This week seems to be going past too quickly, and it's Wednesday again already. This is another argument for my ten day week. I've been thinking about this some more, and I've realised that the year should always start on a Sunday, or whatever day comes before Monday. If you do that, New Year's Day is always a day off, and Christmas Day and Boxing Day also both fall at the weekend. Which is handy, since a crucial part of my plan involves abolishing public holidays. You only ever need two calendars - one for a leap year, and one for the rest.
The French apparently had a ten day week as part of the Metric obsession that came with the Revolution. No-one liked it because they only got one day off in ten, instead of one day in seven. My plan of the longer weekend gets round this, of course.
There's only one problem with my plan to become the modern day Julius Caesar, the last person who did any major calendar reform (he gave us our leap years). He was dictator of most of the civilised world at the time. And like a lot of dictators he was removed from power in a rather brutal way. I'm not really that keen to follow his example too closely...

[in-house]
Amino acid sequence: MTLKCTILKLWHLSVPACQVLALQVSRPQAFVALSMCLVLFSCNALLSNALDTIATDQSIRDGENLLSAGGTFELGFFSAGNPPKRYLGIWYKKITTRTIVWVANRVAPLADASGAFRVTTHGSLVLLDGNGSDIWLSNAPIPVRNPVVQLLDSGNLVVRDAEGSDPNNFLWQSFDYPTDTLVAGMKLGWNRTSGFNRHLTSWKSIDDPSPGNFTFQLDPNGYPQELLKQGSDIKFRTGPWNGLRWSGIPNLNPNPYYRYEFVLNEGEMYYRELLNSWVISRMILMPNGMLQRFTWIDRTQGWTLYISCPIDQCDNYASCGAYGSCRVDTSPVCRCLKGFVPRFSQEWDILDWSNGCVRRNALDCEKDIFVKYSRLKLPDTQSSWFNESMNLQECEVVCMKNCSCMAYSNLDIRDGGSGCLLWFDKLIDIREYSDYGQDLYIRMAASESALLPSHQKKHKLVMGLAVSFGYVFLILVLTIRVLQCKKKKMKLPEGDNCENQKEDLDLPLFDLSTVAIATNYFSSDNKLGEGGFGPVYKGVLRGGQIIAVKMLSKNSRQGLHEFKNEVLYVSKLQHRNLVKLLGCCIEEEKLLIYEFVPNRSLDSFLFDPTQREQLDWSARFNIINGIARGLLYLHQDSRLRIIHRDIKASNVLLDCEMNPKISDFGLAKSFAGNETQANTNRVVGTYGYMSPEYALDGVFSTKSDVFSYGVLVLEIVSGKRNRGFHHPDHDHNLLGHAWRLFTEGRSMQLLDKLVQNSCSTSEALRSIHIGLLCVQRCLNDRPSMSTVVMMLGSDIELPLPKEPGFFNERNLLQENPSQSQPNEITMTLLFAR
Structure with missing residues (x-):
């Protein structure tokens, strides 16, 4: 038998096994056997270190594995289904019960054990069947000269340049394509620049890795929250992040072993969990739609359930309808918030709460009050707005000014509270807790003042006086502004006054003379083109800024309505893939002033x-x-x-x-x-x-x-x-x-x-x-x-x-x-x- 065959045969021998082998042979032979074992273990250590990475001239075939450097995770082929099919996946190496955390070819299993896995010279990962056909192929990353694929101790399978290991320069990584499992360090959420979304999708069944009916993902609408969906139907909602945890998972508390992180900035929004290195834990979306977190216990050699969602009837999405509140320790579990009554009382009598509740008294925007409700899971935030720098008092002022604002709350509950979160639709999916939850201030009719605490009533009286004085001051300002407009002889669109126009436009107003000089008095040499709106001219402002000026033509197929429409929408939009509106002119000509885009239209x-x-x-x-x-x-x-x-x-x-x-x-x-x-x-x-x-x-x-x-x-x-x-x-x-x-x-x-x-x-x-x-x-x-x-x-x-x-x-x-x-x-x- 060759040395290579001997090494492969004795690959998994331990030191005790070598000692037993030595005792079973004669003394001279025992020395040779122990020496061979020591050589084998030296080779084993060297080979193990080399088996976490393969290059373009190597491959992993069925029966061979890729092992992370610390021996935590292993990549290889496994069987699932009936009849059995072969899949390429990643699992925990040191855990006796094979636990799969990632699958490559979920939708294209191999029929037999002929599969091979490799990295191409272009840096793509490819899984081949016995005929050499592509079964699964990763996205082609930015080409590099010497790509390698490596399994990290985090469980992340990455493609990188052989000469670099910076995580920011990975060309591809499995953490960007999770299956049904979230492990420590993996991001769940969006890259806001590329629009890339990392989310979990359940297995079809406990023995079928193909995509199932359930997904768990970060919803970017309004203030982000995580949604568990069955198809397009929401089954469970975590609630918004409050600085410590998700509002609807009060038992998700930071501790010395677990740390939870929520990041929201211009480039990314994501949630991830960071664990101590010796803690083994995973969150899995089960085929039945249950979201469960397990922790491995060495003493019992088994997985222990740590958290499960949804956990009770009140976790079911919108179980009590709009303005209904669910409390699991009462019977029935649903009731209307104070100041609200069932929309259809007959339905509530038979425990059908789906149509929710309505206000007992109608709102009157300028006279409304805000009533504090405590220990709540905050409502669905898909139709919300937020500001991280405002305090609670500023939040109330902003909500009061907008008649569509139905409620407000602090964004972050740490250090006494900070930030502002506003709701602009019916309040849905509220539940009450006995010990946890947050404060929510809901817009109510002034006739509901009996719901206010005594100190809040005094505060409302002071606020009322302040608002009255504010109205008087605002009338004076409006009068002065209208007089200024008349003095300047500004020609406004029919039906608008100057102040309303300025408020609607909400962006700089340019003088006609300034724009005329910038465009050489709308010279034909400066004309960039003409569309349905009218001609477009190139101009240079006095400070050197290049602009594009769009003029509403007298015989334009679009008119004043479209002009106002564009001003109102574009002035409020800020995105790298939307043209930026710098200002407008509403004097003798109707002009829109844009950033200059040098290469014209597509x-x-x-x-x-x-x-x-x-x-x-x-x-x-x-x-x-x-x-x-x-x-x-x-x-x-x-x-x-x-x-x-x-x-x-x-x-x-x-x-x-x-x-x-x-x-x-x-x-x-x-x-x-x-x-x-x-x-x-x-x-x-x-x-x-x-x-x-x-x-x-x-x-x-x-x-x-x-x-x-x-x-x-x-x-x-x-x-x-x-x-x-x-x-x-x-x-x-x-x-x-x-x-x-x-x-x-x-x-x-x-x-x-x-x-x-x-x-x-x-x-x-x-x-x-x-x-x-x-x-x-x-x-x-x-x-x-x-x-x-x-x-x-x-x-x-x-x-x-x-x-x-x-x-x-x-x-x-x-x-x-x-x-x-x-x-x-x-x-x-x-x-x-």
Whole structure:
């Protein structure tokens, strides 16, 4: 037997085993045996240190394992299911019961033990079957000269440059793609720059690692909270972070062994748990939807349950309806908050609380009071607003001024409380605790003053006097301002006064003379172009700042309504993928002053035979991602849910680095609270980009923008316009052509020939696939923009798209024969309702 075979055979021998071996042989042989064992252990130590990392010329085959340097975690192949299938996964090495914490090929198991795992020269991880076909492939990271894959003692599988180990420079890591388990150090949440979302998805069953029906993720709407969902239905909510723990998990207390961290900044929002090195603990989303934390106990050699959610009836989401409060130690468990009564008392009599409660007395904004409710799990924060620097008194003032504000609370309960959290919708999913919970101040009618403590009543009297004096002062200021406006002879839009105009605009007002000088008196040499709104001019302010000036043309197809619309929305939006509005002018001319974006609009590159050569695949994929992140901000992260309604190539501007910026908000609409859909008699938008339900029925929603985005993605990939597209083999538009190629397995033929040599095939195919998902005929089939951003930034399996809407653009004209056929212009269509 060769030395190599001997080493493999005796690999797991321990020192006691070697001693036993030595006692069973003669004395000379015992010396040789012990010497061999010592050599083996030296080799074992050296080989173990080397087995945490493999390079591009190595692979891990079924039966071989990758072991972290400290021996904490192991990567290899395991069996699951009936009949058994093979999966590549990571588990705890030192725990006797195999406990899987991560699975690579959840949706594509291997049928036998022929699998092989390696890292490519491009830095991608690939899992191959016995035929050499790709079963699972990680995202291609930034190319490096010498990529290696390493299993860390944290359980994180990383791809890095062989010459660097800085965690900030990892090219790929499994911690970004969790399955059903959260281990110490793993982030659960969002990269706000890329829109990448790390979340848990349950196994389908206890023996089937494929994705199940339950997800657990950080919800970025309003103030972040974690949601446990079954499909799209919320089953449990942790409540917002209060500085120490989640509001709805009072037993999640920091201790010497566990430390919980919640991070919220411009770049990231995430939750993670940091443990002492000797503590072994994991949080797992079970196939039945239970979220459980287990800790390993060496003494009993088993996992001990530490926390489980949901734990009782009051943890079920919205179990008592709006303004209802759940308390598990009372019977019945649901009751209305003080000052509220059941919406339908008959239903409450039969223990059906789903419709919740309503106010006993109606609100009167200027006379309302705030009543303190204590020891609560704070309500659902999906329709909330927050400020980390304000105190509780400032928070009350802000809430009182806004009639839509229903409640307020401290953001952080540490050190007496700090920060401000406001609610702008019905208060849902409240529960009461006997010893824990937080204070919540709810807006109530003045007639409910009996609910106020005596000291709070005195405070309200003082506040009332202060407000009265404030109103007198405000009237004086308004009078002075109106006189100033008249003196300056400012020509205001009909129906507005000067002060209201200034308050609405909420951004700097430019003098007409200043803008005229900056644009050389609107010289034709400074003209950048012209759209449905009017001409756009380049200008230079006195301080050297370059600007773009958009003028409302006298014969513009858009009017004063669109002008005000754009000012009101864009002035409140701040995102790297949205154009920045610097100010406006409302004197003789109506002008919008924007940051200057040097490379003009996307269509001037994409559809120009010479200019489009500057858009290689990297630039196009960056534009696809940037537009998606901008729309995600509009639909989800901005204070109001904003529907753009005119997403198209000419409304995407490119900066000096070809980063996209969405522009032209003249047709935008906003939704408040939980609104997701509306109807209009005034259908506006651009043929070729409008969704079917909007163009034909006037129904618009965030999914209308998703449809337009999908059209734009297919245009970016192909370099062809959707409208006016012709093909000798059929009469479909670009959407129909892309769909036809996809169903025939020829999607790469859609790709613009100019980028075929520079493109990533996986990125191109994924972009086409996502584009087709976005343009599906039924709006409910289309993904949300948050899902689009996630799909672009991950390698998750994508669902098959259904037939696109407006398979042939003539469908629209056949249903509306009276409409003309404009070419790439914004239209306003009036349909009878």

Harmonious and Less Harmonious
I've had a piece of music running through my head almost continuously for the last three or four days. Helena was messing around on the piano at the weekend, and she played a couple of notes that reminded me of something. I found the music online (the benefit of concentrating on centuries old stuff is that there are loads of out-of-copyright scores available to download), and set about playing it.
The music running through my head sounds great. Unfortunately the reality of my playing isn't yet at that level. And probably never will be. This is where You Tube comes in - type the name of any piece of music, and you'll find someone who's videoed themselves playing it. They're not always great, of course, but they're generally a lot of fun to listen to, and it's a good way of hearing different interpretations of the same piece.
The following is played by a guy who calls himself "thelastmusician". I hope he's wrong about that, but I really enjoyed this. It's Handel's movement of variations, known as "The Harmonious Blacksmith", from his fifth keyboard suite, and it's justly famous because it's a lot of fun: